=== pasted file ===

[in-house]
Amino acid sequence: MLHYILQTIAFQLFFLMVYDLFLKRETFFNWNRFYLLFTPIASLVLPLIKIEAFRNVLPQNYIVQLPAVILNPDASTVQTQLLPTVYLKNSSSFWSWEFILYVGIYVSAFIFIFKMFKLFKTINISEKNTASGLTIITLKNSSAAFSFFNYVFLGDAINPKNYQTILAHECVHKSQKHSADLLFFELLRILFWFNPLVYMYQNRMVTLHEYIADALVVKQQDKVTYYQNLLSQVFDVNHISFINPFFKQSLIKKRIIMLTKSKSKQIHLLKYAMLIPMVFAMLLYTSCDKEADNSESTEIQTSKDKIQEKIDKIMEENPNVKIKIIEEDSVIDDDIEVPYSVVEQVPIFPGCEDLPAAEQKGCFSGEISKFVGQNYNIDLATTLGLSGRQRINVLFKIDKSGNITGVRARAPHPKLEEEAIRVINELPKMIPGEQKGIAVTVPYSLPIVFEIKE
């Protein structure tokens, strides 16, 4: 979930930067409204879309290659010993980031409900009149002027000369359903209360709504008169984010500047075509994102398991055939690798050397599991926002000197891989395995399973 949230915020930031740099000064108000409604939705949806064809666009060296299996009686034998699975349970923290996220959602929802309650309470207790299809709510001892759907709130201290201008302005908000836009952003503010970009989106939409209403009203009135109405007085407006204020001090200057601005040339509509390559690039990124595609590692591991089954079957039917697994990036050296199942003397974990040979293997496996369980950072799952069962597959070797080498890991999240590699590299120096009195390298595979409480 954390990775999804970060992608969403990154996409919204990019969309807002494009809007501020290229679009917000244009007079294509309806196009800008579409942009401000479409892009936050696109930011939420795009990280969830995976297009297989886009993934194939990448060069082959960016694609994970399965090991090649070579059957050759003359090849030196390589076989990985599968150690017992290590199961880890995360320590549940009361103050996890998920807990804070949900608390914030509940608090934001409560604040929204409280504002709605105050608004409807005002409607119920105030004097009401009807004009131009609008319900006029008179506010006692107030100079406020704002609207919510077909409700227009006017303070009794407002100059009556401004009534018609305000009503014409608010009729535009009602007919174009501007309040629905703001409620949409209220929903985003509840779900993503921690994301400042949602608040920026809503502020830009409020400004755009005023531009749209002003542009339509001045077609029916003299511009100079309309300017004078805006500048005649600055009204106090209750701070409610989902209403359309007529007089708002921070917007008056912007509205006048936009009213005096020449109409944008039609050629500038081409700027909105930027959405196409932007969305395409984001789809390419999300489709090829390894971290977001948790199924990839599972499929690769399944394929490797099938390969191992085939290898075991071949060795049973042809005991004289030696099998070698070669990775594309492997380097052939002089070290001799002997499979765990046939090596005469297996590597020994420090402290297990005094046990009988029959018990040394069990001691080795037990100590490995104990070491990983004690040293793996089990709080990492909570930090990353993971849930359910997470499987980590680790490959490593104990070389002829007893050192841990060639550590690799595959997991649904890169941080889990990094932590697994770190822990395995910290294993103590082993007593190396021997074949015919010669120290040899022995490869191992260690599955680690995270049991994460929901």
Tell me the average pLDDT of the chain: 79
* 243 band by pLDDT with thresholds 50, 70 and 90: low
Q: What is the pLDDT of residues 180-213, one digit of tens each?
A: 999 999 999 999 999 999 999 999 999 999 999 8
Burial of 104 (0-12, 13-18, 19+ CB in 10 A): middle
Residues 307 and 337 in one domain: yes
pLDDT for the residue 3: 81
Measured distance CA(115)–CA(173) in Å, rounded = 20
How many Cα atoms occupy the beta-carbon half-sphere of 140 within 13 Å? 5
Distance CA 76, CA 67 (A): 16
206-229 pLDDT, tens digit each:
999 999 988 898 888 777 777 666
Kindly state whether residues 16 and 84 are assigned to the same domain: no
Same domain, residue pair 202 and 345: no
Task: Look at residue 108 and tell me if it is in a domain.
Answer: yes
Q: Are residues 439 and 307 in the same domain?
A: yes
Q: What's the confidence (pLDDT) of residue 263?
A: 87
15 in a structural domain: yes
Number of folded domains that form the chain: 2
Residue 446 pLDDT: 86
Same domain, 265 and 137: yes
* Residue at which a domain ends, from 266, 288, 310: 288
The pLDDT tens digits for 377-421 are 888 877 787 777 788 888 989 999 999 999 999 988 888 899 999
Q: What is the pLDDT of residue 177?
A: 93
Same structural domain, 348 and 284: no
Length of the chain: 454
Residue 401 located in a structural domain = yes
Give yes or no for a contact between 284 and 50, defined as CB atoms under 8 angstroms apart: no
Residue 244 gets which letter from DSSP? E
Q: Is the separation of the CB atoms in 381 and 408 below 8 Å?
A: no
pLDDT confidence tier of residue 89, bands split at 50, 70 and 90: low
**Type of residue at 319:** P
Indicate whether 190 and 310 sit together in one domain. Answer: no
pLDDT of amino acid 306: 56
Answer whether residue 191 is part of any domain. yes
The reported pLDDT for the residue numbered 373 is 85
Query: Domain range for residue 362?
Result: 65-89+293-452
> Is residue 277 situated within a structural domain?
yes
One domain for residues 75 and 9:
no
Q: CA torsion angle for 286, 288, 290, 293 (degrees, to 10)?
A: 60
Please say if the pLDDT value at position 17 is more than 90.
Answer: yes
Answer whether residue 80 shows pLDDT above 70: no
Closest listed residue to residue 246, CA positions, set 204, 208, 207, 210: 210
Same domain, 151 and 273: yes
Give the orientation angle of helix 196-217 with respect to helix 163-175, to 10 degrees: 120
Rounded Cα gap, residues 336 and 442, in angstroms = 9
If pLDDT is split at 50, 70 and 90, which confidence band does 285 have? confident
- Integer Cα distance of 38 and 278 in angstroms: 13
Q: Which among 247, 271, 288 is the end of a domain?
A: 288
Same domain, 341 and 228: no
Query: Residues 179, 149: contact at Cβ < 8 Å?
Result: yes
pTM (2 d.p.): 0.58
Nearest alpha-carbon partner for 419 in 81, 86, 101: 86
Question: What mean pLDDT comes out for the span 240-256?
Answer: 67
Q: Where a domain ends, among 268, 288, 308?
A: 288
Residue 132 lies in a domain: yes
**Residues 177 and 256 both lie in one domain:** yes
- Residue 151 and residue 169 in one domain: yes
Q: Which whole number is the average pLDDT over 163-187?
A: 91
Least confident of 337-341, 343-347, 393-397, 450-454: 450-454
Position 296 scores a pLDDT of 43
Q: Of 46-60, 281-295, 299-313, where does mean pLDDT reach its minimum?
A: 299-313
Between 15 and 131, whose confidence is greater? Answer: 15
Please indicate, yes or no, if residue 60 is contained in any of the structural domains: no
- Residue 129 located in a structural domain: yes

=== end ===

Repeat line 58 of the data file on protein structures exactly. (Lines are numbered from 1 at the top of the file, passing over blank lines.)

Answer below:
Give the orientation angle of helix 196-217 with respect to helix 163-175, to 10 degrees: 120